AutoKeras can be used to discover a good or great model for classification tasks on tabular data.

    Recall tabular data are those datasets composed of rows and columns, such as a table or data as you would see in a spreadsheet.

    In this section, we will develop a model for the Sonar classification dataset for classifying sonar returns as rocks or mines. This dataset consists of 208 rows of data with 60 input features and a target class label of 0 (rock) or 1 (mine).

    A naive model can achieve a classification accuracy of about 53.4 percent via repeated 10-fold cross-validation, which provides a lower-bound. A good model can achieve an accuracy of about 88.2 percent, providing an upper-bound.

    You can learn more about the dataset here:

    No need to download the dataset; we will download it automatically as part of the example.

    First, we can download the dataset and split it into a randomly selected train and test set, holding 33 percent for test and using 67 percent for training.

    The complete example is listed below.


    Running the example first downloads the dataset and summarizes the shape, showing the expected number of rows and columns.

    The dataset is then split into input and output elements, then these elements are further split into train and test datasets.


    We can use AutoKeras to automatically discover an effective neural network model for this dataset.

    This can be achieved by using the StructuredDataClassifier class and specifying the number of models to search. This defines the search to perform.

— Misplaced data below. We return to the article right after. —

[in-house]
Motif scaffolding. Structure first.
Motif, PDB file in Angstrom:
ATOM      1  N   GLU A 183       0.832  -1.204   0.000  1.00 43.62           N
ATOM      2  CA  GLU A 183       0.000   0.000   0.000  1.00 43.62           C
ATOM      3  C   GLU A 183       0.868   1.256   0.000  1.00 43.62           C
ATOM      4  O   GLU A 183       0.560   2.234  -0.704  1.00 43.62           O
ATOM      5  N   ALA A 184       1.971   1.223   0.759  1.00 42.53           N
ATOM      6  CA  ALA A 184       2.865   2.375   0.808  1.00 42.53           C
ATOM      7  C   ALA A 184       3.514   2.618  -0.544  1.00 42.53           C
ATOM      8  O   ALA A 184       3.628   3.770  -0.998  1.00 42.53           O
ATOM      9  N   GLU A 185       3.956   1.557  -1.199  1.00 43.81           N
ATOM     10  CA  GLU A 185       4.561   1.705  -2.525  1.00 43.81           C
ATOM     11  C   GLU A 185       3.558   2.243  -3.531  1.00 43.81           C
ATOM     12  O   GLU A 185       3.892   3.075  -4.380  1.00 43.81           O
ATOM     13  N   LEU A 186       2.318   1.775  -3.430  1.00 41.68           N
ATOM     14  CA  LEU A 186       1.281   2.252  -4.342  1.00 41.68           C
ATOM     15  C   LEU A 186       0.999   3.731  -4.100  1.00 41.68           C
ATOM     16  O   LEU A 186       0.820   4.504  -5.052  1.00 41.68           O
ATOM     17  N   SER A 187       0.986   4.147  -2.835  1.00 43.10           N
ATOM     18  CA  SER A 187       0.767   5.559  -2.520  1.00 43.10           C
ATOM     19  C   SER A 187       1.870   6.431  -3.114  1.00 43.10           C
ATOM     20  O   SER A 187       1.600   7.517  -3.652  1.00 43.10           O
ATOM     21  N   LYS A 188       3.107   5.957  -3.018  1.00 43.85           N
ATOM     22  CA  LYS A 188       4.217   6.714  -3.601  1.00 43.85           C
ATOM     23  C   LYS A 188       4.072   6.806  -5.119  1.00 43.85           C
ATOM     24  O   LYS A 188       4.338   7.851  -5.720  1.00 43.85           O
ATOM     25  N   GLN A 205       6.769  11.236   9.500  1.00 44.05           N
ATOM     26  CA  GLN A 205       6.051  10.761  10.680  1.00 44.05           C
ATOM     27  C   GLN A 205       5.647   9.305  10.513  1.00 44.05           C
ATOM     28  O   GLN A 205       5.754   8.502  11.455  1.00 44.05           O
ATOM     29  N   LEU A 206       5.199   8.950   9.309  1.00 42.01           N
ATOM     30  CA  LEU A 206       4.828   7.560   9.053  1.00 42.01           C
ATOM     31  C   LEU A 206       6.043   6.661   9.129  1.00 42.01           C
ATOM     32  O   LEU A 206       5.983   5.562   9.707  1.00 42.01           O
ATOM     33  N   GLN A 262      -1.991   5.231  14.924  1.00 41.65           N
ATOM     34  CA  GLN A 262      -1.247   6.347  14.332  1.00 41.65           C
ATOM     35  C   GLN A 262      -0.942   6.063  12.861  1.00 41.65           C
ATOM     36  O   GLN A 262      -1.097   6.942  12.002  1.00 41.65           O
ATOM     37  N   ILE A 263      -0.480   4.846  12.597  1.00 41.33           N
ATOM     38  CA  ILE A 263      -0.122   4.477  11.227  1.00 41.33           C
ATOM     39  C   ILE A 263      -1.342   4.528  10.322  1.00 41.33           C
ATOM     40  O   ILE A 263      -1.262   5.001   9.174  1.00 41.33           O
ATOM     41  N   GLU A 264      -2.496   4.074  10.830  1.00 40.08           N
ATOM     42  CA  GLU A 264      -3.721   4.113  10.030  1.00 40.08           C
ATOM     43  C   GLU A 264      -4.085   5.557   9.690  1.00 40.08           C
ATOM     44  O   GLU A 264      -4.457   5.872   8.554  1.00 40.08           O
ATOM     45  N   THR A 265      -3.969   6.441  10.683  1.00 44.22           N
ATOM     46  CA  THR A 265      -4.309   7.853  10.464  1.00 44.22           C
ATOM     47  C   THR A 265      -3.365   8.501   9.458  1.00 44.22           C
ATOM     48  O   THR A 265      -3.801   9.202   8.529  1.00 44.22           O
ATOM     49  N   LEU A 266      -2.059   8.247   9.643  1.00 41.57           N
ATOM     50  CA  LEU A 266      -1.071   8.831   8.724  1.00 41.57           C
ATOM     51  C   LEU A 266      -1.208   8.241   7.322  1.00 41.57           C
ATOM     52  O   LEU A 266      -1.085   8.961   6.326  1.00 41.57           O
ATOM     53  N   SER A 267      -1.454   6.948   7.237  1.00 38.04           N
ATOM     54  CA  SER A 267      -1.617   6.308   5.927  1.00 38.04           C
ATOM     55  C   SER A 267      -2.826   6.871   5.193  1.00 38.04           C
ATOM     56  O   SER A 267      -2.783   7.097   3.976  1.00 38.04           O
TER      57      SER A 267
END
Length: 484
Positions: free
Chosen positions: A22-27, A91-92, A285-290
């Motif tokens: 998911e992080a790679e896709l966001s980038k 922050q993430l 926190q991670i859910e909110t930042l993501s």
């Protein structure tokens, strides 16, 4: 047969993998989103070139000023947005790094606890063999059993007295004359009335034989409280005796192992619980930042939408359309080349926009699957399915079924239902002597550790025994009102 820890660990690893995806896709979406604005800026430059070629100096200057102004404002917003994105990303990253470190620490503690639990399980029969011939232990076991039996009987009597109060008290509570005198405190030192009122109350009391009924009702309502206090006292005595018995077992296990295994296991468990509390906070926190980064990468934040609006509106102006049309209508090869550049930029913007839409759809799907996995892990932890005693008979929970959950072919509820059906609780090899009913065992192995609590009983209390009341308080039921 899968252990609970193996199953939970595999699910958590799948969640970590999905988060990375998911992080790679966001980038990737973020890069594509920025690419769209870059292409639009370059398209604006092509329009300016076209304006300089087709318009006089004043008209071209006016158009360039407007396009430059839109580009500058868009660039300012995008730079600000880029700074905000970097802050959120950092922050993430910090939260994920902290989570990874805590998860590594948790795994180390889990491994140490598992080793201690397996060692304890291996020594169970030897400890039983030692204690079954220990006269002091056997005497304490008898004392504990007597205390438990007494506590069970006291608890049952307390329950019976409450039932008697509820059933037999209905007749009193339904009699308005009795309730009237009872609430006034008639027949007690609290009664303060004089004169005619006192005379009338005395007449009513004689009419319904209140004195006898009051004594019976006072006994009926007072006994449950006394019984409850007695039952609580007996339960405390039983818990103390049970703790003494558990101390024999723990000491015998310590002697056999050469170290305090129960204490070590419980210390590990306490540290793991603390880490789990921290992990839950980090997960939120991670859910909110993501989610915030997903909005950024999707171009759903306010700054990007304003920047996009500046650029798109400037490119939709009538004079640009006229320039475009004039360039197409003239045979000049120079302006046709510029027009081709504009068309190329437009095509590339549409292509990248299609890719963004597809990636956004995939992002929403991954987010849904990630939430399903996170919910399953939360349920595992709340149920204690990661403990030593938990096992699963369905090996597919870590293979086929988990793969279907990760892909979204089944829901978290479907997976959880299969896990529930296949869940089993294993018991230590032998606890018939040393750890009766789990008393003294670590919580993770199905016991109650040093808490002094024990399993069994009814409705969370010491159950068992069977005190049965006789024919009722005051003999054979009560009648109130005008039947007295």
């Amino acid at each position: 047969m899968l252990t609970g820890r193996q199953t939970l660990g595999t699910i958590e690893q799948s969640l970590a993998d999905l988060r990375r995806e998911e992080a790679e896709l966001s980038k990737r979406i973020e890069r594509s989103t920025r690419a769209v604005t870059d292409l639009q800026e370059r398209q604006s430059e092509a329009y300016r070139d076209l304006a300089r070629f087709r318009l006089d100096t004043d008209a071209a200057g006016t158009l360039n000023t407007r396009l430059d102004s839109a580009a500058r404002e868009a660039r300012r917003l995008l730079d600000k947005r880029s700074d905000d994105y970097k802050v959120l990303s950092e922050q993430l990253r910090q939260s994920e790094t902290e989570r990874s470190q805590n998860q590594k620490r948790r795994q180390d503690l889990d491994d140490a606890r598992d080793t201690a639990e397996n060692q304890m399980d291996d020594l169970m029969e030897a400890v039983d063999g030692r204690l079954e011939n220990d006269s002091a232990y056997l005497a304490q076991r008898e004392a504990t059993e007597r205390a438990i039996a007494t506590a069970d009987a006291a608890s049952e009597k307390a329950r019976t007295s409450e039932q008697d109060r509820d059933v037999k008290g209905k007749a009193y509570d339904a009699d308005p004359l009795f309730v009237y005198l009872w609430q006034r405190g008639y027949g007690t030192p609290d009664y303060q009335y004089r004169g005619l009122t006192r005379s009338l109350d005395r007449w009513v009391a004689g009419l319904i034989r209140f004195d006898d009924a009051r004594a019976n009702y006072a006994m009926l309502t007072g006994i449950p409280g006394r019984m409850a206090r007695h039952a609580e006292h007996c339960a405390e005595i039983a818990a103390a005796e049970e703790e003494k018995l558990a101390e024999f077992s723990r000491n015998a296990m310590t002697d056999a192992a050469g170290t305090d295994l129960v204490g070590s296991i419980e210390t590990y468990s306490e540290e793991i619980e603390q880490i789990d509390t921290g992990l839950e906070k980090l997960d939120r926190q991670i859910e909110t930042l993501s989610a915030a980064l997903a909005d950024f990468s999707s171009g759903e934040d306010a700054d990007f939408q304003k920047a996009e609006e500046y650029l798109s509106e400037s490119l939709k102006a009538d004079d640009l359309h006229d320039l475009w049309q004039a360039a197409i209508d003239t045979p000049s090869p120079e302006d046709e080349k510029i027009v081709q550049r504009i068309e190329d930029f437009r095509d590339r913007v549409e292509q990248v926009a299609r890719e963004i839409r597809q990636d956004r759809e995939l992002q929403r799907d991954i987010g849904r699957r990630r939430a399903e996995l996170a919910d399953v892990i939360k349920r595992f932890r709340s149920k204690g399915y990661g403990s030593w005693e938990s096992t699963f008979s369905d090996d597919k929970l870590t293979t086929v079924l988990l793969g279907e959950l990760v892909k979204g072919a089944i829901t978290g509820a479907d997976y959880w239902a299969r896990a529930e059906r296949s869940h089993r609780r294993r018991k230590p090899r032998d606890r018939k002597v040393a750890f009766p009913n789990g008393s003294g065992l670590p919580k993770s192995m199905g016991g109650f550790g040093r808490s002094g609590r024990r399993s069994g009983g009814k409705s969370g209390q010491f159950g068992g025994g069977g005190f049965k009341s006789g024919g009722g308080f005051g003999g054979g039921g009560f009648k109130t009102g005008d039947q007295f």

We can then execute the search using our loaded dataset.


    This may take a few minutes and will report the progress of the search.

    Next, we can evaluate the model on the test dataset to see how it performs on new data.


    We then use the model to make a prediction for a new row of data.


    We can retrieve the final model, which is an instance of a TensorFlow Keras model.


    We can then summarize the structure of the model to see what was selected.


    Finally, we can save the model to file for later use, which can be loaded using the TensorFlow load_model() function.


    Tying this together, the complete example of applying AutoKeras to find an effective neural network model for the Sonar dataset is listed below.


    Running the example will report a lot of debug information about the progress of the search.

    The models and results are all saved in a folder called “structured_data_classifier” in your current working directory.


    The best-performing model is then evaluated on the hold-out test dataset.

    Note: Your results may vary given the stochastic nature of the algorithm or evaluation procedure, or differences in numerical precision. Consider running the example a few times and compare the average outcome.

    In this case, we can see that the model achieved a classification accuracy of about 82.6 percent.


    Next, the architecture of the best-performing model is reported.

    We can see a model with two hidden layers with dropout and ReLU activation.


    AutoKeras for Regression

    AutoKeras can also be used for regression tasks, that is, predictive modeling problems where a numeric value is predicted.

    We will use the auto insurance dataset that involves predicting the total payment from claims given the total number of claims. The dataset has 63 rows and one input and one output variable.

    A naive model can achieve a mean absolute error (MAE) of about 66 using repeated 10-fold cross-validation, providing a lower-bound on expected performance. A good model can achieve a MAE of about 28, providing a performance upper-bound.

    You can learn more about this dataset here:

    We can load the dataset and split it into input and output elements and then train and test datasets.

    The complete example is listed below.


    Running the example loads the dataset, confirming the number of rows and columns, then splits the dataset into train and test sets.